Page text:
Dame Judi Dench on Revisiting a Favorite Character in 'Victoria And Abdul'


Victoria and Abdul Judi Dench


In the new film Victoria and Abdul (in theaters everywhere this weekend), Dame Judi Dench reprises the role of Queen Victoria 20 years after she was nominated for an Oscar for playing the same queen in the film Mrs. Brown. Like Mrs. Brown, Victoria and Abdul is about an unlikely relationship between the Queen and someone from a completely different world. In Mrs. Brown, it was a servant and in Victoria and Abdul, it is a young Indian clerk named Abdul Karim. What’s fascinating is that both stories are true, with the friendship between the Queen and Abdul only coming to light a few years ago.


Fandango caught up with Dame Judi Dench to talk about the connections between Mrs. Brown and Victoria and Abdul, as well as whether she’s thought about retiring anytime soon and more.


 


Fandango: So we have to begin by talking about this rap video that you did. It’s amazing.



Judi Dench: I’m really proud of it!


 


Could this be a new career move for you? Will Dame Judi Dench put out a hip-hop album? I think the world might want to see that.


Dench: [laughs] Yes! I think that’s me now – I’m a rap artist. I thought it was good; I did a good job performing it. It was good, right?


 


Fandango: It was great! I wanted to see more!


Dench: Yes, and now I’d like to see Lethal Bizzle do some Shakespeare!


 


Fandango: You portrayed Queen Victoria 20 years ago in the film Mrs. Brown, which was also about a special relationship the Queen had in her life. Did that make it easier to play her in this film, or did you feel like you had to get to know an entirely different woman?


Dench: No, because what precipitated her relationship with John Brown [in Mrs. Brown] was exactly what informed the relationship with Abdul. We know she had a passionate and very happy marriage with Albert, and after that she completely went to pieces. Then John Brown was there for four years, and then after that it was this relationship with Abdul, which I had not known about it. This young man turned up at a time when she really needed him.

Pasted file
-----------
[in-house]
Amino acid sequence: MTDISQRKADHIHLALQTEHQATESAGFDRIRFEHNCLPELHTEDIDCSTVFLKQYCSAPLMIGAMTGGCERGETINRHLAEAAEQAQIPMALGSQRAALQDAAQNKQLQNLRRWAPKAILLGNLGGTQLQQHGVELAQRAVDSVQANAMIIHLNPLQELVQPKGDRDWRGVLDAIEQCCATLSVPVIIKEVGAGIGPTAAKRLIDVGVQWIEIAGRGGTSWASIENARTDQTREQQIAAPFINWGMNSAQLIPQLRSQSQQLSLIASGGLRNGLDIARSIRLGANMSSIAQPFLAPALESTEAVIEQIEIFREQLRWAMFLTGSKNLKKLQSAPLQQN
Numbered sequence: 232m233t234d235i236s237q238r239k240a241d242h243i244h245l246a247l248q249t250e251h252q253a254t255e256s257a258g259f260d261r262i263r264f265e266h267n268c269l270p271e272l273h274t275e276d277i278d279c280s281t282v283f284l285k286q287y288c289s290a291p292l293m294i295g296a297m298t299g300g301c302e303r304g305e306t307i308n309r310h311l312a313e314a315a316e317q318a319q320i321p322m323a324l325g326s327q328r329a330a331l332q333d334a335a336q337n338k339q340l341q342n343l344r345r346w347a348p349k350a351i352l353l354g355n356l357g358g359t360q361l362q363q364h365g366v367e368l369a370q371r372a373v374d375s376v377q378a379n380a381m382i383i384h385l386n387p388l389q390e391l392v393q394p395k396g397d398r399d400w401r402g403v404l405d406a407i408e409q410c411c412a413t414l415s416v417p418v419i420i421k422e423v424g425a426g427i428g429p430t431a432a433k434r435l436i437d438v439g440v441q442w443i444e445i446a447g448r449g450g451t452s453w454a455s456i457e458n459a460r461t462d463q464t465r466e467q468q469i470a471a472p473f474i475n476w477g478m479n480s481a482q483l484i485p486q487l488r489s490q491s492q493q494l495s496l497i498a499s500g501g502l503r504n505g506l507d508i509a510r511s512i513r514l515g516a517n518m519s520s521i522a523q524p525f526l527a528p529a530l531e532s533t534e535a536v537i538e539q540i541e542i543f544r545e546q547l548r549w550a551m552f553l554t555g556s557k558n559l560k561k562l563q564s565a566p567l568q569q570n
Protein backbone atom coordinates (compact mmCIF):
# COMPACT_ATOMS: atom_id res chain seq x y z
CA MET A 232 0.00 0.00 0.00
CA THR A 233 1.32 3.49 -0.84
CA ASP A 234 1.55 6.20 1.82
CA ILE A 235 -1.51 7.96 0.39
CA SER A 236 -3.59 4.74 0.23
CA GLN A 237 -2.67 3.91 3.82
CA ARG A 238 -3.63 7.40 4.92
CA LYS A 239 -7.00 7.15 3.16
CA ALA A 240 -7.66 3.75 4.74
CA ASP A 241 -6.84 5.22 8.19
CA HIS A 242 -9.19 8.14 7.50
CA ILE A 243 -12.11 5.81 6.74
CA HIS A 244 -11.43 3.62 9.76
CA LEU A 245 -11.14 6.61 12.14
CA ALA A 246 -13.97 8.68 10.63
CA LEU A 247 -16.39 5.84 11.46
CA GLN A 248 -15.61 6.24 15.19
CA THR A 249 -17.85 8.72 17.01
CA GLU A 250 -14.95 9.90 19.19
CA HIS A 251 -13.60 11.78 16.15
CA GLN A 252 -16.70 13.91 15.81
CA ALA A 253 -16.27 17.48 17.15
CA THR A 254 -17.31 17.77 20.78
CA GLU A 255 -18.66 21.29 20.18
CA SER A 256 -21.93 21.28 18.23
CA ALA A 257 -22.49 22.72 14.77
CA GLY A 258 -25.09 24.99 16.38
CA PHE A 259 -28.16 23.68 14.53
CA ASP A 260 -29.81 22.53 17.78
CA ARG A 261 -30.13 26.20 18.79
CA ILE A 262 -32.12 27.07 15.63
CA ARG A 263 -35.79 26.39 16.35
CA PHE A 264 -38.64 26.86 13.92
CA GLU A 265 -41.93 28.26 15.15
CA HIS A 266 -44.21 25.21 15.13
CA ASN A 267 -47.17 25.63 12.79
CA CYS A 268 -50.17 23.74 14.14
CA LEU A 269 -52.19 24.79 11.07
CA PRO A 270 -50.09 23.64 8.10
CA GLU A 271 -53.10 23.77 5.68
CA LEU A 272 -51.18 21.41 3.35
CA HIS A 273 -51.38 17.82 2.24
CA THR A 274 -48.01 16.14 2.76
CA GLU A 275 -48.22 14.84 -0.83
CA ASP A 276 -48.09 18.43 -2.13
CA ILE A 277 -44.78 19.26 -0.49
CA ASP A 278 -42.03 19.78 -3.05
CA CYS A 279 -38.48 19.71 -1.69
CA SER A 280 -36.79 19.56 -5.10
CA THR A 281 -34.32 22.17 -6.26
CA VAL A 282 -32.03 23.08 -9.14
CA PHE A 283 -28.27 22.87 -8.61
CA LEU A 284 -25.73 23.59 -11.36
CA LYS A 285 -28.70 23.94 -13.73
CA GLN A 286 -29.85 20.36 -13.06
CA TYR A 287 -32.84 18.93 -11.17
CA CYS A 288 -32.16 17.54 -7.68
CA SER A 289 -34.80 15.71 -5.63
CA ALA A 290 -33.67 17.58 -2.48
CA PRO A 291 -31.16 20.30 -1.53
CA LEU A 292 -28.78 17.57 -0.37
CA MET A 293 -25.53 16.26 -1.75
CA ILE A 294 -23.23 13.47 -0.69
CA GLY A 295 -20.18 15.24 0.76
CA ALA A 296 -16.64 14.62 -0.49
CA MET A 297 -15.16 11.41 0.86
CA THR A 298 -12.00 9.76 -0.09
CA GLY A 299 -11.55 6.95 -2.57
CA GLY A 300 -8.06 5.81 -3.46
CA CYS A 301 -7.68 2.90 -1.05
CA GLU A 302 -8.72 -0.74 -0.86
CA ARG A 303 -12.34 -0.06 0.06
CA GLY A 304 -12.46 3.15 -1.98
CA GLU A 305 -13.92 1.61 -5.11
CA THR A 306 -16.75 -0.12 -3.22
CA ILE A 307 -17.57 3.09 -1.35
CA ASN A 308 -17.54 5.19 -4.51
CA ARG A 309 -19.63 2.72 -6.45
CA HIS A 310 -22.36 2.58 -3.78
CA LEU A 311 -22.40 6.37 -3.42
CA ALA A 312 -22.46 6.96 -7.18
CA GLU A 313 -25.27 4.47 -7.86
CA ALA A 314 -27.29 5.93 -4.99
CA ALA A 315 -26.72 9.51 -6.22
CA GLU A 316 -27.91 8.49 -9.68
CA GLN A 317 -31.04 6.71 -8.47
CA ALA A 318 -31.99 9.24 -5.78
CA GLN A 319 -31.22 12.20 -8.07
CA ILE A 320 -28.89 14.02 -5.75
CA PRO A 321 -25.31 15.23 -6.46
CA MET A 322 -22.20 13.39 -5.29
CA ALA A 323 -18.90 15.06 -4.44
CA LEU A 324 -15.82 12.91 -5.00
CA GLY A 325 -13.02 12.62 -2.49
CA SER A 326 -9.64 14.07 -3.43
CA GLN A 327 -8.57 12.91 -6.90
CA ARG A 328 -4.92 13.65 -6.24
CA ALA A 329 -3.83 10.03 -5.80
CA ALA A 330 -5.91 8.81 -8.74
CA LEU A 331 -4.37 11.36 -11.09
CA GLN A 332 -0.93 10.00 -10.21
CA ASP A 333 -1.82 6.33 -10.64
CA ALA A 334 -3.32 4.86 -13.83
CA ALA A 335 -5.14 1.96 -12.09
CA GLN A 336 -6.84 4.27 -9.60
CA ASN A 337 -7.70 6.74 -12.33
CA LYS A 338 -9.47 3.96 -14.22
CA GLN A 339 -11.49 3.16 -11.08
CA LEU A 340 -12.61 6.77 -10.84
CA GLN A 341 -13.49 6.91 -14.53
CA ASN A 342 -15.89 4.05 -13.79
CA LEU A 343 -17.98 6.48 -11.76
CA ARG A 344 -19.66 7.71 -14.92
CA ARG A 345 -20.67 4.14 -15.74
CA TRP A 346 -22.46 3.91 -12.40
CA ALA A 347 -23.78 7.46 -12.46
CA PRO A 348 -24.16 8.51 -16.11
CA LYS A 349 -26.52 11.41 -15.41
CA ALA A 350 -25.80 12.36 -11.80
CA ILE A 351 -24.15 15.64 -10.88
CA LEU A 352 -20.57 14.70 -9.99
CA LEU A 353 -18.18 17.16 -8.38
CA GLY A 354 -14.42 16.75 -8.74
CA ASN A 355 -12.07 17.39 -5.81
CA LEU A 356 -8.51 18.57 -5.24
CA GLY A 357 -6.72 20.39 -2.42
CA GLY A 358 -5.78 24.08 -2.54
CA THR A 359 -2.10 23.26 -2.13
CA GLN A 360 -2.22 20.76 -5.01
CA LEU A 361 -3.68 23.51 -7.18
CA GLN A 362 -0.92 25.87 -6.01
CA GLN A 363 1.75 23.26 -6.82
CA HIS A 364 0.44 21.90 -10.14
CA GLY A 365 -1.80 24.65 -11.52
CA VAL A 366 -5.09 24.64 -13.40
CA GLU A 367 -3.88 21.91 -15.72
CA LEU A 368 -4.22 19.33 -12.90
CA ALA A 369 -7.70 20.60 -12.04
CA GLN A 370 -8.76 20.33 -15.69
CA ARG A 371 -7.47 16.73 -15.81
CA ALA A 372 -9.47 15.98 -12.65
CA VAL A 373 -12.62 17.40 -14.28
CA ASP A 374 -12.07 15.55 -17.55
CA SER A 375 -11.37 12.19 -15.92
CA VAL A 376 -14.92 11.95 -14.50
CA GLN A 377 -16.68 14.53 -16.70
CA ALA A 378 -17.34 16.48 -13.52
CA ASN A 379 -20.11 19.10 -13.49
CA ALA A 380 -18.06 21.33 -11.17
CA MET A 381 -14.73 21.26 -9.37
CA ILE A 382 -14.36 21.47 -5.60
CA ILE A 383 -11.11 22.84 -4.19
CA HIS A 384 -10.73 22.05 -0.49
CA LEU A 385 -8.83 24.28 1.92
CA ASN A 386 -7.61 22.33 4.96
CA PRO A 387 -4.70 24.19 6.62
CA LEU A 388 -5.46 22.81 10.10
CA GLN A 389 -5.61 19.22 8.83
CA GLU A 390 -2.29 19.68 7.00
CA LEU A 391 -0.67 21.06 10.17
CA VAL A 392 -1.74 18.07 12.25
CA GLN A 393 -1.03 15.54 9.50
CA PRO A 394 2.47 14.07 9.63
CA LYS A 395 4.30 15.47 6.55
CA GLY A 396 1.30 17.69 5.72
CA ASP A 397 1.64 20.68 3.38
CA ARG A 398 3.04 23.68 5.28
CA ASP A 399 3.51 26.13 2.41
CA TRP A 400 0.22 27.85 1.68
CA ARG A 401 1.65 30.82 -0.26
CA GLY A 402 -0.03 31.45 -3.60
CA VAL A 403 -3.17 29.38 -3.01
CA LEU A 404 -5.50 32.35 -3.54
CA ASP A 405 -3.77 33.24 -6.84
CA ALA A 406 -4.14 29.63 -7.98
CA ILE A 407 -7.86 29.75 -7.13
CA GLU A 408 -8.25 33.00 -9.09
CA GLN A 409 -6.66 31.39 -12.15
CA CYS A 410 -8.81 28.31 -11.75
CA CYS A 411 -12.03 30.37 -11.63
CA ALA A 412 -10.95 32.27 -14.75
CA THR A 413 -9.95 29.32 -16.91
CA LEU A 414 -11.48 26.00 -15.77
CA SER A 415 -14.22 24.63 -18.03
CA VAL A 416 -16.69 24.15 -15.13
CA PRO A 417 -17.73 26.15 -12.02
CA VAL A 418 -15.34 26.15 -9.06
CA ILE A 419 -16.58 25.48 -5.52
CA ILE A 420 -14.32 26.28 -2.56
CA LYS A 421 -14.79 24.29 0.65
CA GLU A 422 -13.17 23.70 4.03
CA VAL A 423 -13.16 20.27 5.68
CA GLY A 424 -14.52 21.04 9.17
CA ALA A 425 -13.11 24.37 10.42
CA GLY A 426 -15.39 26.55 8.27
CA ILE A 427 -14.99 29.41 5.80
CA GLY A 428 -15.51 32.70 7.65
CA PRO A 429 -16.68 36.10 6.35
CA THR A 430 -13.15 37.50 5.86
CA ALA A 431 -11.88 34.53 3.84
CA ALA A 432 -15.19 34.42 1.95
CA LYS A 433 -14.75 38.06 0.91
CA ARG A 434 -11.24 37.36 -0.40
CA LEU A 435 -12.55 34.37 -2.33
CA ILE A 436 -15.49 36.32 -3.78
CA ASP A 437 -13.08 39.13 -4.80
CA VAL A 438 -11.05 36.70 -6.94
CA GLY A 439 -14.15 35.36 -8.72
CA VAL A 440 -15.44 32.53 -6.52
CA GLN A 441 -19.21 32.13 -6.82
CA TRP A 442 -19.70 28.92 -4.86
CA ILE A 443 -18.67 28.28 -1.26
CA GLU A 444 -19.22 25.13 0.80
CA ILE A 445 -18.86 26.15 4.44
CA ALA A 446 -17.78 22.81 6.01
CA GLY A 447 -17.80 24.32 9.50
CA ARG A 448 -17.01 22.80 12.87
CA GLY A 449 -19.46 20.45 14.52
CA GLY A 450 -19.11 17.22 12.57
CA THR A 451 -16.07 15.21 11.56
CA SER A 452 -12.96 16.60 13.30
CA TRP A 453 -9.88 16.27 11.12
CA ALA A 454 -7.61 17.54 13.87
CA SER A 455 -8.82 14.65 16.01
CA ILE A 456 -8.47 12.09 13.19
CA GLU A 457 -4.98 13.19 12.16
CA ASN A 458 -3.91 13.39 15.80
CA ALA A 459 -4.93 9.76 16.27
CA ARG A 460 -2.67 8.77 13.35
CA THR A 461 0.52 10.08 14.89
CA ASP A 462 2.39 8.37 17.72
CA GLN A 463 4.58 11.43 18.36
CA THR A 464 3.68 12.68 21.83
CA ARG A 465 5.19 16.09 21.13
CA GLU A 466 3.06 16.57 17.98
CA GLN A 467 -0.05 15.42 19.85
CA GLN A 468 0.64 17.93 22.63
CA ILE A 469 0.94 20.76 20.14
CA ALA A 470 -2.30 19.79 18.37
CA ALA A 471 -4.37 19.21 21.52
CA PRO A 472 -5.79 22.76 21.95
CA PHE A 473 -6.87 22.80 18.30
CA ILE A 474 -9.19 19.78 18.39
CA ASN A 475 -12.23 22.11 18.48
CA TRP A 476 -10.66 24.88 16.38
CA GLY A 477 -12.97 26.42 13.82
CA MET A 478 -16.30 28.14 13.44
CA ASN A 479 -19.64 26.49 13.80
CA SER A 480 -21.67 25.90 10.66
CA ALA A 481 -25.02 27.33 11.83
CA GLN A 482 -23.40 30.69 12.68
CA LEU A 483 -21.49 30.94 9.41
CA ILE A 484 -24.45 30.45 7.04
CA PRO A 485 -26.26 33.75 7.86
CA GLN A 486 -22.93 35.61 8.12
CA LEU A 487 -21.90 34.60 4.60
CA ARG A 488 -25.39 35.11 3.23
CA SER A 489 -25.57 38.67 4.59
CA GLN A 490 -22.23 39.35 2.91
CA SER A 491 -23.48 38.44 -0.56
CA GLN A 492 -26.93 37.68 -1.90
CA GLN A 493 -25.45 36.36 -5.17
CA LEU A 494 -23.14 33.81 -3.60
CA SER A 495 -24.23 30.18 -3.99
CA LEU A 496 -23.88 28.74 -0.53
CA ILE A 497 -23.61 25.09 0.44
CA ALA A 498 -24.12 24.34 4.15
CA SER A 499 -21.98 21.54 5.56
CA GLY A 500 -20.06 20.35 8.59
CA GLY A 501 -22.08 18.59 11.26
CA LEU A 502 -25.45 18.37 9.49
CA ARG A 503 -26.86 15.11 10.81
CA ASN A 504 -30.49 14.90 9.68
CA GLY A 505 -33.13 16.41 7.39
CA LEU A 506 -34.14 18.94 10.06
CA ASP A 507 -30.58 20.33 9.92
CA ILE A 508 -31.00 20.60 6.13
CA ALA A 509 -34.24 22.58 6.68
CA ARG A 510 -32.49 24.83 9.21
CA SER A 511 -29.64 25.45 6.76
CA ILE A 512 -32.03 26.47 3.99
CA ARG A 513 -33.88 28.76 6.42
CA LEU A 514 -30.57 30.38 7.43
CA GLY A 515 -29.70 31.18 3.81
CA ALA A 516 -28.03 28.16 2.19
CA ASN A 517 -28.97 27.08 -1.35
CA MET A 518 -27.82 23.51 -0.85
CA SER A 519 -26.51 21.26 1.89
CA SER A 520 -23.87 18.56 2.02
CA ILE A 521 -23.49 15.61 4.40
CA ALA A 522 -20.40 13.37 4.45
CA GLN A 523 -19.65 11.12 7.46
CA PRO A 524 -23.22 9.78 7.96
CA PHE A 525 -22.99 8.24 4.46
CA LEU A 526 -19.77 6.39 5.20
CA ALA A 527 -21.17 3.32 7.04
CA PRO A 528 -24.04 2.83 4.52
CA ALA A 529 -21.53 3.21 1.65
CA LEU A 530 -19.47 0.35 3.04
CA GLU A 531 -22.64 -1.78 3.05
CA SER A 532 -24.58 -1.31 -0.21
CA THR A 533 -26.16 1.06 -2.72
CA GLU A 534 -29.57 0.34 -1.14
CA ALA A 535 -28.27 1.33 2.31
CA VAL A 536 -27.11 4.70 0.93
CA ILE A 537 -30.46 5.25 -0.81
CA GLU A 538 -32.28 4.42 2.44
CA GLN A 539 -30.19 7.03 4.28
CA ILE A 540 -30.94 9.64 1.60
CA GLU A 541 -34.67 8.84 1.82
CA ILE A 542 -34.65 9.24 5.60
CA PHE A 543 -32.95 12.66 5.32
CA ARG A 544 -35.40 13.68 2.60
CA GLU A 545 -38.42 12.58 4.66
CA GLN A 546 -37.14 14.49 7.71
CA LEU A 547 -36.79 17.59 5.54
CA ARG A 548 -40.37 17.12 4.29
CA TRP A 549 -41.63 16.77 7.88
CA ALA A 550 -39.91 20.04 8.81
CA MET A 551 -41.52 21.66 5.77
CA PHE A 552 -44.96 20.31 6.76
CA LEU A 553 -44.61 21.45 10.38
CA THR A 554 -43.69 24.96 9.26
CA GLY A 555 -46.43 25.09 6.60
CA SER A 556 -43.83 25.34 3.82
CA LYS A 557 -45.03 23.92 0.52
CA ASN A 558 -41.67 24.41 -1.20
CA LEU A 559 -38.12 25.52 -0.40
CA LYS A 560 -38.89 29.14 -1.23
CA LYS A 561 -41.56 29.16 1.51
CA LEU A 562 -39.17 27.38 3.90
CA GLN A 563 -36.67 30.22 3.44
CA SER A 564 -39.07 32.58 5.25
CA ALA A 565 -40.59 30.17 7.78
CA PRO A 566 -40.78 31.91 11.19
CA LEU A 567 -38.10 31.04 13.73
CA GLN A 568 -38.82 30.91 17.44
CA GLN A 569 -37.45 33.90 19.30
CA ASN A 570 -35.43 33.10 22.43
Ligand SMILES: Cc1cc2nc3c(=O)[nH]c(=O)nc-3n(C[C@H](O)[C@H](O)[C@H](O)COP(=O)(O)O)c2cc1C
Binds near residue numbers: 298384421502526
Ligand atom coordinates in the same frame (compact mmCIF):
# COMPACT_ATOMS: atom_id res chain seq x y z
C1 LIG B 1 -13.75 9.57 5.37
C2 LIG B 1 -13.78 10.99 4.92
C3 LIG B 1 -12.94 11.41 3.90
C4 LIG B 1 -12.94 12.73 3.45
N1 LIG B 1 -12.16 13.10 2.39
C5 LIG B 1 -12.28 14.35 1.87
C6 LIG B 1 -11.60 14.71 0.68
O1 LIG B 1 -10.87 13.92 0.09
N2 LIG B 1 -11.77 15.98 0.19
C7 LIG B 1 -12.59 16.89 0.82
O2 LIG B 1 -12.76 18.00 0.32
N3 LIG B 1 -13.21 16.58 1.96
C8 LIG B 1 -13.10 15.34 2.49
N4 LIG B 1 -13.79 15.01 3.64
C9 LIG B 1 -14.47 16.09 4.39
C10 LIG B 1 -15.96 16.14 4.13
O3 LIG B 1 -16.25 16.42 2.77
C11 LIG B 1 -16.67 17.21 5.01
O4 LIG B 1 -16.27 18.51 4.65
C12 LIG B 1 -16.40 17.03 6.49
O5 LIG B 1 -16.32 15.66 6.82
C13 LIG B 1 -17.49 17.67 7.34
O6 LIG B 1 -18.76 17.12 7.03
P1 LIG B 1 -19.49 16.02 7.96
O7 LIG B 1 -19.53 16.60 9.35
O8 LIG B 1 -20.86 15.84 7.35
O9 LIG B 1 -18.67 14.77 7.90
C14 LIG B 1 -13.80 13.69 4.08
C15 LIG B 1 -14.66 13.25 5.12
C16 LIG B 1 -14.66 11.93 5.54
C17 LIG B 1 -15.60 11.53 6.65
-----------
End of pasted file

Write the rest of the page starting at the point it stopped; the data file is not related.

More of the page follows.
Fandango: This is a fascinating story that no one even knew about until a few years ago. Since most of the details of it were destroyed, how did you go about crafting a story that felt authentic?


Dench: It was because of the screenplay – it was so good. It was there to just play, and it seemed like a true continuance of the story we had done 20 years ago. I mean, we found out that she sometimes wrote five letters a day to Abdul.



 


Fandango: What was it about Abdul that drew her to him? Because they came from completely different worlds…


Dench: Entirely, but that was secondary. What was important was that she found someone to talk to and exchange views with. To question things, and learn things that she had no knowledge of. She wanted to laugh and relax, and feel informal – and at her age, in her 80s, it must have been very, very important to her. All her friends are dying, and for her it must have been a glorious relief.


 


Fandango: Did you ever have an unexpected friendship that changed your life?


Dench: Oh, lots. Friends are always turning up at unexpected times, and you think how fortunate is that. I will meet old friends on the sets of films or at the theater, and it’s so important to me and it’s what I love about this business.



 


Fandango: This is your fifth time working with director Stephen Frears – what is it about him as a director that keeps drawing you to him?


Dench: Good luck from me and a sense of humor, I suspect. He laughs a great deal; you form a short hand and that makes it easier to understand what he requires of you. Sometimes he walks away from a take and will just wander back – he directs by stealth.


 


Fandango: Why do you think we’re consistently fascinated by stories about the royal family?


Dench: There is a great fascination, and for my part I admire so much of what they have to do, and they do it with such grace. I think it’s phenomenal because it’s not a very private life, and you’re on call all the time.


 


Fandango: With a career as extensive as yours, are you still learning things about your craft?


Dench: Every single part you learn something new, really. Every single part. It’s very stimulating to have to find out about new things all the time. It’s the same process in terms of having to build up that character and find out everything about them. The general public thinks it’s just a question of learning the lines, but it’s not. It’s learning why they say that line. Why do they reply that way with whoever they are speaking to? You have to learn something new all the time.


 


Fandango: Is retirement a word that ever comes up with regards to your craft?


Dench: No! No! No! I didn’t hear that question!


 


Victoria and Abdul is in theaters now.

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